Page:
The type of electrical component that consists of two or more conductive surfaces separated by an insulator is a capacitor. (T6A05) A capacitor is the electrical component that stores energy in an electric field. (T6A04) Capacitance is the ability to store energy in an electric field. (T5C01) The farad is the basic unit of capacitance. (T5C02)

The type of electrical component that stores energy in a magnetic field is an inductor. (T6A06) The electrical component that is usually composed of a coil of wire is an inductor. (T6A07) The ability to store energy in a magnetic field is called inductance. (T5C03) The henry is the basic unit of inductance. (T5C04)

A switch is the electrical component used to connect or disconnect electrical circuits. (T6A08)

A fuse is the electrical component used to protect other circuit components from current overloads. (T6A09)

As amateur radio operators, we often use batteries to power our radio equipment. Some types of batteries are rechargeable, while others are not. The battery type that is not rechargeable is the carbon-zinc battery. (T6A11) All of these choices are correct when talking about battery types that are rechargeable (T6A10):

  • Nickel-metal hydride
  • Lithium-ion
  • Lead-acid gel-cell

From my Twitter feed: space weather, SDR, trigonometry?

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Everything you ever wanted to know about #space #weather in 1 great guide (pdf) 1.usa.gov/19VPZMF via @NWS #SWPC pic.twitter.com/GBsY52qqCE
 

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RTL-SDR Now Supported by MATLAB rtl-sdr.com/rtl-sdr-now-su…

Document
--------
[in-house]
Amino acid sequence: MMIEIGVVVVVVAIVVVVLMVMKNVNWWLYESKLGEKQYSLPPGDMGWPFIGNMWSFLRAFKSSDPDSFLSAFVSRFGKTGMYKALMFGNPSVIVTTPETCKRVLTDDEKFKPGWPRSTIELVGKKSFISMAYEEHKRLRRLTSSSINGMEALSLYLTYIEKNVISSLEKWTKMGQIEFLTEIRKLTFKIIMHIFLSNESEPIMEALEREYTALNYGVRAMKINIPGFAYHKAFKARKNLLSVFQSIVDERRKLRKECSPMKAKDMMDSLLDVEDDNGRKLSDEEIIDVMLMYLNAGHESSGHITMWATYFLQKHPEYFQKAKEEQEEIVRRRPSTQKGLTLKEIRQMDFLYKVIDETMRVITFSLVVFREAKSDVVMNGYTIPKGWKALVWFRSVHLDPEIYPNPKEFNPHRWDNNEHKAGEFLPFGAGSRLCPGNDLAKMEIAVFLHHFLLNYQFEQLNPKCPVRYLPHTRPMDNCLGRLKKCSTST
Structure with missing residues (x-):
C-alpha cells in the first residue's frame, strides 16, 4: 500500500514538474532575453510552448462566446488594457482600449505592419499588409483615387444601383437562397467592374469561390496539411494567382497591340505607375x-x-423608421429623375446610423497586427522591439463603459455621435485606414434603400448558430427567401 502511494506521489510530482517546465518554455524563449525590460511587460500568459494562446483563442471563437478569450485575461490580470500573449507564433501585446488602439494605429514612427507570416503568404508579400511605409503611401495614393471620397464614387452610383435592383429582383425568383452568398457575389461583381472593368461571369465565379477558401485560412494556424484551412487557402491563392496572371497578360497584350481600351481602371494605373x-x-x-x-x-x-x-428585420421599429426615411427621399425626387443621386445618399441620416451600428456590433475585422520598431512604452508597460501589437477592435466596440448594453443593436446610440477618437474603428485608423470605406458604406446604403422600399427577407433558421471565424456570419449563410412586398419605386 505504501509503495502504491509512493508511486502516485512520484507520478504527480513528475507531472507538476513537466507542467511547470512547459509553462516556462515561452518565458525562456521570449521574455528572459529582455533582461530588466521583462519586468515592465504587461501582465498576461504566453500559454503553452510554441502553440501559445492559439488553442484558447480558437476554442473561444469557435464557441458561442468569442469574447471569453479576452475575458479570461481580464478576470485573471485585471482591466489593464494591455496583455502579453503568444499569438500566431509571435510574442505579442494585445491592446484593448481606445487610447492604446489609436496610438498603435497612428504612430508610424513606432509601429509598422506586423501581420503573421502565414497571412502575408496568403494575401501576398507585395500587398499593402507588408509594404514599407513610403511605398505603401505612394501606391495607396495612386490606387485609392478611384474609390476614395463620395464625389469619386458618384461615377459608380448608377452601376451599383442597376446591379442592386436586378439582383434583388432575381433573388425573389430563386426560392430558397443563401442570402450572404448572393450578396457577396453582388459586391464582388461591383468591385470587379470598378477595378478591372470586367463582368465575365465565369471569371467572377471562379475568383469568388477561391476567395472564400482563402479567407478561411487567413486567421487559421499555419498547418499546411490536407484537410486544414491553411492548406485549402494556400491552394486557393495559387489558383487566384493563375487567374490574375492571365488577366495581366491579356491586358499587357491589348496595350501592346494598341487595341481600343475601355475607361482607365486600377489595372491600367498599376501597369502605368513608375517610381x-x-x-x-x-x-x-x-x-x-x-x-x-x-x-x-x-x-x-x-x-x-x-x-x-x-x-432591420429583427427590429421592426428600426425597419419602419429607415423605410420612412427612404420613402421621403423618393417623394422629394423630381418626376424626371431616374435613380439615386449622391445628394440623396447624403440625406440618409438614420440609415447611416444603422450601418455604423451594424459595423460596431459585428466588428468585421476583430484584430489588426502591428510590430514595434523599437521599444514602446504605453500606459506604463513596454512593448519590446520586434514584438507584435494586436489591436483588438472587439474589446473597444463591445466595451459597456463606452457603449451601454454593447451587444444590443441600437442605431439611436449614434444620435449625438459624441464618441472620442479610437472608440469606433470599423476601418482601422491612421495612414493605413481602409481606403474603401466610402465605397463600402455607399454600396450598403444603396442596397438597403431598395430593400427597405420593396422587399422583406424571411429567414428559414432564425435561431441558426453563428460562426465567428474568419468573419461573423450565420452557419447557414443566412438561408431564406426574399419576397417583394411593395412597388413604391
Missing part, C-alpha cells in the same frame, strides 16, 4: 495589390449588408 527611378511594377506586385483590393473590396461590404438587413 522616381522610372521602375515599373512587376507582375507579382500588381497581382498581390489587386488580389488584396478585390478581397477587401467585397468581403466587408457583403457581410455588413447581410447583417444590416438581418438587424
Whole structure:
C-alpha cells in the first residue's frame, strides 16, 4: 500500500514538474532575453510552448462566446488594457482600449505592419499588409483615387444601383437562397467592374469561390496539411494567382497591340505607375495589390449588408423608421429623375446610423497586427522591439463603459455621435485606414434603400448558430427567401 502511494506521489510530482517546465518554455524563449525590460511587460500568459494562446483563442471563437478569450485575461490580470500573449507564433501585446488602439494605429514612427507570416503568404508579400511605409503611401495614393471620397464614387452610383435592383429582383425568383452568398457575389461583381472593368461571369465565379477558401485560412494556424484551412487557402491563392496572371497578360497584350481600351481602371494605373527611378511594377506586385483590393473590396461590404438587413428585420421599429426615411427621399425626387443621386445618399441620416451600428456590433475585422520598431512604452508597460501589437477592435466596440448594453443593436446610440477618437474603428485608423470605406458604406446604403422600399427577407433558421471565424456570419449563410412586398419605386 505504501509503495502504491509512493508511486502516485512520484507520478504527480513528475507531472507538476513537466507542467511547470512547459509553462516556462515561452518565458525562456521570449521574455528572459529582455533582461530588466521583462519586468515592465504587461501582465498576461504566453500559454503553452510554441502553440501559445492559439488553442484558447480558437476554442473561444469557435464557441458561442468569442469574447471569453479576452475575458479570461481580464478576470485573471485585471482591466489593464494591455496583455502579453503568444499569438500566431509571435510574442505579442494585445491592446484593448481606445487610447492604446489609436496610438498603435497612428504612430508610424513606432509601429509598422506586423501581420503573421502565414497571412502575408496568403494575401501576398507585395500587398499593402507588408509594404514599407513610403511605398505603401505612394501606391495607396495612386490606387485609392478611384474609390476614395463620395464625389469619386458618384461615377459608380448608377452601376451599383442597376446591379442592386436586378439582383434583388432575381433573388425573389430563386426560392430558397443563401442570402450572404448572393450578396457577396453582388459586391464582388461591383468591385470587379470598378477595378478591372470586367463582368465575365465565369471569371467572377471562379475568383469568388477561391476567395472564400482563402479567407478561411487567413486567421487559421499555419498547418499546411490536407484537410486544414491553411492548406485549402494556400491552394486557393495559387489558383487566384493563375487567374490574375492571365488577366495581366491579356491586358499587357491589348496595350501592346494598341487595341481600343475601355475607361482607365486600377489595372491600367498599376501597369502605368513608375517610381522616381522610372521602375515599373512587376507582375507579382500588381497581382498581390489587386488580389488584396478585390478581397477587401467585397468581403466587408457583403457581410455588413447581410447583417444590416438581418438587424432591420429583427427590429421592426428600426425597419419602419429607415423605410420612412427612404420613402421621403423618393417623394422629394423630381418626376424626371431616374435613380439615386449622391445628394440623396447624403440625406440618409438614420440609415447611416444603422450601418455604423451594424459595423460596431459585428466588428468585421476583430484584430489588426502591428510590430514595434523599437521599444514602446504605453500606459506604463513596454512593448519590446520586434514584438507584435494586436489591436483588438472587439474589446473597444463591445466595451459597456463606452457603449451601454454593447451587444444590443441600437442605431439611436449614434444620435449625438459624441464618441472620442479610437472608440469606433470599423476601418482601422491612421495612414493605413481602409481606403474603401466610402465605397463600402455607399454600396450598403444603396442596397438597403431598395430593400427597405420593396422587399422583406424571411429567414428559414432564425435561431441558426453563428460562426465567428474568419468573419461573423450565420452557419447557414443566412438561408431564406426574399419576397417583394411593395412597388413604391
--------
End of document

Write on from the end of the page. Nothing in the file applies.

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What do farmers use when calculating trig equations? Swine and Coswine

2014 Tech study guide: math for electronics

Below is the “Math for electronics” section of the 2014 edition of the No-Nonsense Technician Class License Study Guide. As always, comments welcome…Dan

When dealing with electrical parameters, such as voltage, resistance, current, and power, we use a set of prefixes to denote various orders of magnitude:

  • milli- is the prefix we use to denote 1 one-thousandth of a quantity. A milliampere, for example, is 1 one-thousandth of an ampere, or .001 A. Often, the letter m is used instead of the prefix milli-. 1 milliampere is, therefore, 1 mA.
  • micro- is the prefix we use to denote 1 millionth of a quantity. A microvolt, for example, is 1 millionth of a volt, or .000001 V. Often you will see the Greek letter mu, or μ, to denote the prefix micro-. 1 microvolt is, therefore, 1 μV.
  • pico- is the prefix we use to denote 1 trillionth of a quantity. A picovolt is 1 trillionth of a volt, or .000001 μV.
  • kilo- is the prefix we use to denote 1 thousand of a quantity. A kilovolt, for example, is 1000 volts. Often, the letter k is used instead of the prefix kilo-. 1 kilovolt is, therefore, 1 kV.
  • mega- is the prefix we use to denote 1 million of a quantity. A megahertz, for example, is 1 million Hertz. The unit of frequency is the Hertz. (T5C05) It is equal to one cycle per second. Often, the letter M is used instead of the prefix mega-. 1 megahertz is, therefore, 1 MHz.

Here are some examples:

  • 1,500 milliamperes is 1.5 amperes. (T5B01)
  • Another way to specify a radio signal frequency of 1,500,000 hertz is 1500 kHz.
    (T5B02)
  • One thousand volts are equal to one kilovolt. (T5B03)
  • One one-millionth of a volt is equal to one microvolt. (T5B04)
  • If an ammeter calibrated in amperes is used to measure a 3000-milliampere current,
    the reading it would show would be 3 amperes. (T5B06)
  • If a frequency readout calibrated in megahertz shows a reading of 3.525 MHz, it would
    show 3525 kHz if it were calibrated in kilohertz. (T5B07)
  • 1 microfarad is 1,000,000 picofarads. (T5B08) (Farad is the unit for capacitance.)
  • 28.400 MHz is equal to 28,400 kHz. (T5B12)